As gloom gathered over China’s economic outlook in March last year, GoldmanSachs Group Inc. economist Song Yu declared growth likely had “troughed” and a rebound would follow. The top forecaster on China’s economy was proven right, and sees a repeat this year.
“Now it’s very similar to this time of last year in terms of having a combination of monetary, fiscal and administrative loosening,” said Beijing-based Song, ranked the best overall forecaster of China’s economy by Bloomberg Rankings for the past two years. “The data in recent years consistently show us one thing: If the Chinese government really, really wants to push up short-term growth, they can.”
Reflecting that determination, the central bank Sunday announced the third benchmark interest rate cut of the past six months, which combines with two reductions to banks’ reserve ratios and targeted liquidity injections. Song’s sanguine stance is echoed by other economists on the top five forecasters list, who don’t see a hard landing scenario.
The ranking of economic forecasters is based on the last two years of data reported to April 21 and uses estimates submitted to Bloomberg for nine key indicators that include GDP, exports, imports, fixed-asset investment and consumer and producer prices. They commented before the People’s Bank of China’s latest cut, which lowers the benchmark lending rate by 0.25 percentage point to 5.1 percent and the one-year deposit level to 2.25 percent.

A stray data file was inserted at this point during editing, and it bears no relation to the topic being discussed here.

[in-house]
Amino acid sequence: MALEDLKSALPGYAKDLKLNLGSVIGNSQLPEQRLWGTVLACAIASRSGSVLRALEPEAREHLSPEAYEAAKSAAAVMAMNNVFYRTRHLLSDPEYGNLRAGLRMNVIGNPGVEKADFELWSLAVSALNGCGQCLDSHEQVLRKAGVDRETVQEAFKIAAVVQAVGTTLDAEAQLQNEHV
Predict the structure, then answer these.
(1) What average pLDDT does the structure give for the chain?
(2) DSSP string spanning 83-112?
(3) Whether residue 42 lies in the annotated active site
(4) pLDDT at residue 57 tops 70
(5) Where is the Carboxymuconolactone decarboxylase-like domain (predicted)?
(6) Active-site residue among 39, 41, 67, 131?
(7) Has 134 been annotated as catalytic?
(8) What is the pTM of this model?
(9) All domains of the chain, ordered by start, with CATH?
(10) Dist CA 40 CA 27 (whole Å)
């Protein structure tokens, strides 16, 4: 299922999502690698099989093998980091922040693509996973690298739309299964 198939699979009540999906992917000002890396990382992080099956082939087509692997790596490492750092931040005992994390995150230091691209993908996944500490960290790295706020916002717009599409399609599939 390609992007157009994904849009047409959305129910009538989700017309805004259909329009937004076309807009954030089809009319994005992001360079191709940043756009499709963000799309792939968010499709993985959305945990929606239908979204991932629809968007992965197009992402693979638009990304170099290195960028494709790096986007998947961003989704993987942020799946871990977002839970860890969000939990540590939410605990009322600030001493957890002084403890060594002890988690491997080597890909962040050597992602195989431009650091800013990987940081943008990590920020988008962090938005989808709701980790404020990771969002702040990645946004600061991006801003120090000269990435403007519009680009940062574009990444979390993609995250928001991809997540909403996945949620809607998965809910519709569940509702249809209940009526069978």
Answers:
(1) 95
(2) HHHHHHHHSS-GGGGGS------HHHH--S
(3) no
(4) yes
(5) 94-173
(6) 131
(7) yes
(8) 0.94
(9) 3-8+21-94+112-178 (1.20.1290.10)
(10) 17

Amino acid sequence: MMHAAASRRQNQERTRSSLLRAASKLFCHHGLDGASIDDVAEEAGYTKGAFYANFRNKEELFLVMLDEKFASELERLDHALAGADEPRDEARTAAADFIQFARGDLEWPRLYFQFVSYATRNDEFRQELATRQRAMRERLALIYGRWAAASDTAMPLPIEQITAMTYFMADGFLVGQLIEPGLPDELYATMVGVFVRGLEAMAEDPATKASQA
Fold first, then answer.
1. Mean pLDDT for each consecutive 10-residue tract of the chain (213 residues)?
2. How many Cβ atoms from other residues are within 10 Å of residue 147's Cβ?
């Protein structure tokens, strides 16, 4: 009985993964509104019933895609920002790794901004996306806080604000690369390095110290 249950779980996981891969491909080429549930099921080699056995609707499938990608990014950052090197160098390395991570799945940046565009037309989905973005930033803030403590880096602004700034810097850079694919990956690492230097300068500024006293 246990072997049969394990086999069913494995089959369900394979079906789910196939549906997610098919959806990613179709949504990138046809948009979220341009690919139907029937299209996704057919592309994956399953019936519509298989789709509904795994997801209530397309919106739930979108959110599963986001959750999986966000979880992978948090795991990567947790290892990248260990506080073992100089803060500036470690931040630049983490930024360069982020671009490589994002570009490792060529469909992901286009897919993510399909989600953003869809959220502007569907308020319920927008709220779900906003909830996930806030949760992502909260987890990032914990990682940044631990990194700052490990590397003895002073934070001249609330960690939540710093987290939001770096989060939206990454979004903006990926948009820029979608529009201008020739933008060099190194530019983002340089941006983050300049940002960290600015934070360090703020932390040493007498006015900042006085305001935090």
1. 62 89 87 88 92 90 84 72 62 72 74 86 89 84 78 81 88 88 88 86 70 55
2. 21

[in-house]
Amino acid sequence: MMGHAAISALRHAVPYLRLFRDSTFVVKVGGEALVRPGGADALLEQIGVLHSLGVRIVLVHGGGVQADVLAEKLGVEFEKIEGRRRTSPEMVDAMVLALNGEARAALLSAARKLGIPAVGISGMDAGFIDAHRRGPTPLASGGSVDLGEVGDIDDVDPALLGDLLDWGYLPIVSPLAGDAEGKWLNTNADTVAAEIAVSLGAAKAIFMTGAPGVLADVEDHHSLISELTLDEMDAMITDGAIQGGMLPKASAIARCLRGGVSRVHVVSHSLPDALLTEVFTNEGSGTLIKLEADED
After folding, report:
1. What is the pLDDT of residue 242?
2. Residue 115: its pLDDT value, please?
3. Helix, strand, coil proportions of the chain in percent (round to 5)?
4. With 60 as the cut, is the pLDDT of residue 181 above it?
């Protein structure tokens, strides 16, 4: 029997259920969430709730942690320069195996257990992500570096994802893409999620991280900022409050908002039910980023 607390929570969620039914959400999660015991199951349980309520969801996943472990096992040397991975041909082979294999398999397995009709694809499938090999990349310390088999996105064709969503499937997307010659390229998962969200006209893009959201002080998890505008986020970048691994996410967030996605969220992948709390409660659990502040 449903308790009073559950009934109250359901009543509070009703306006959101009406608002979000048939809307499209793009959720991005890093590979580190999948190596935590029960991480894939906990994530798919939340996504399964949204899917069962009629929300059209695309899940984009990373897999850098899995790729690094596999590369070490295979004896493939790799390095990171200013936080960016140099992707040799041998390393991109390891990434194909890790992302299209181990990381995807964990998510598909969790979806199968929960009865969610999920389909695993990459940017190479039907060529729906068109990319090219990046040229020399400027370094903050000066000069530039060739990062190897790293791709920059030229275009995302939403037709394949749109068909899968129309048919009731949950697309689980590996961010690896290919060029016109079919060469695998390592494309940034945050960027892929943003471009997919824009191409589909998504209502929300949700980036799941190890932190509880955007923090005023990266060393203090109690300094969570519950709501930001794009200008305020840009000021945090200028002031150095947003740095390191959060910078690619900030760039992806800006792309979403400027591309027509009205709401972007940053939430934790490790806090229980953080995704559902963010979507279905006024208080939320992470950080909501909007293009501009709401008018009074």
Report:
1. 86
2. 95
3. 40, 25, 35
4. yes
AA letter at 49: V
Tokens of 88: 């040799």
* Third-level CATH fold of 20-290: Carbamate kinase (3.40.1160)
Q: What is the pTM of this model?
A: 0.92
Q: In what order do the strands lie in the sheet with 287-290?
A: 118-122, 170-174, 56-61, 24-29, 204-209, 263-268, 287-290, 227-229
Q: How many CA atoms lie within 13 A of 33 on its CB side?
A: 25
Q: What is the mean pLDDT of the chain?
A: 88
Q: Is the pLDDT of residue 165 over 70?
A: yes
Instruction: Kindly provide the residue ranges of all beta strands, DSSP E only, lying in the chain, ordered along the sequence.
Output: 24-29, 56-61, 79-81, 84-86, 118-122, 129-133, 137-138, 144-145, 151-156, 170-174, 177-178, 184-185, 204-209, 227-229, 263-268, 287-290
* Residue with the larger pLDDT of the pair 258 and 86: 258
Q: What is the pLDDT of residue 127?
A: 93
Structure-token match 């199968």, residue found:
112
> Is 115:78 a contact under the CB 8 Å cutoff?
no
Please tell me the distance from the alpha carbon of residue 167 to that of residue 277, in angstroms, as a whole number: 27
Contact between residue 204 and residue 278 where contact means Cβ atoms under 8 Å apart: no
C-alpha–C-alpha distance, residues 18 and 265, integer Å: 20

To conjure their forecasts on the world’s second-biggest economy, the top ranked economists need to deal with official data that Premier Li once said he prefers not to rely on and that prompted bond fund manager Bill Gross to call China “the mystery meat of emerging-market countries.”
Problems with China’s data abound. The National Bureau of Statistics reported a 2014 gross domestic product of $10.2 trillion while the sum of the GDP reported by China’s provinces was $765 billion more. The discrepancy may be due to double counting or by officials inflating figures because their performance is assessed partly on the strength of economic growth.
Secrecy over the weighting of a basket of goods used to measure inflation, the measurement of consumption relying too much on retail sales, and the decentralization of data collection are among flaws cited in a January 2013 paper by the U.S.-China Economic and Security Review Commission on the reliability of China’s data.
Unlike counterparts in many developed economies, economists in China need to clean economic data of “dirt, pesticides and all the funny chemicals before we can start cooking with it,” says Song.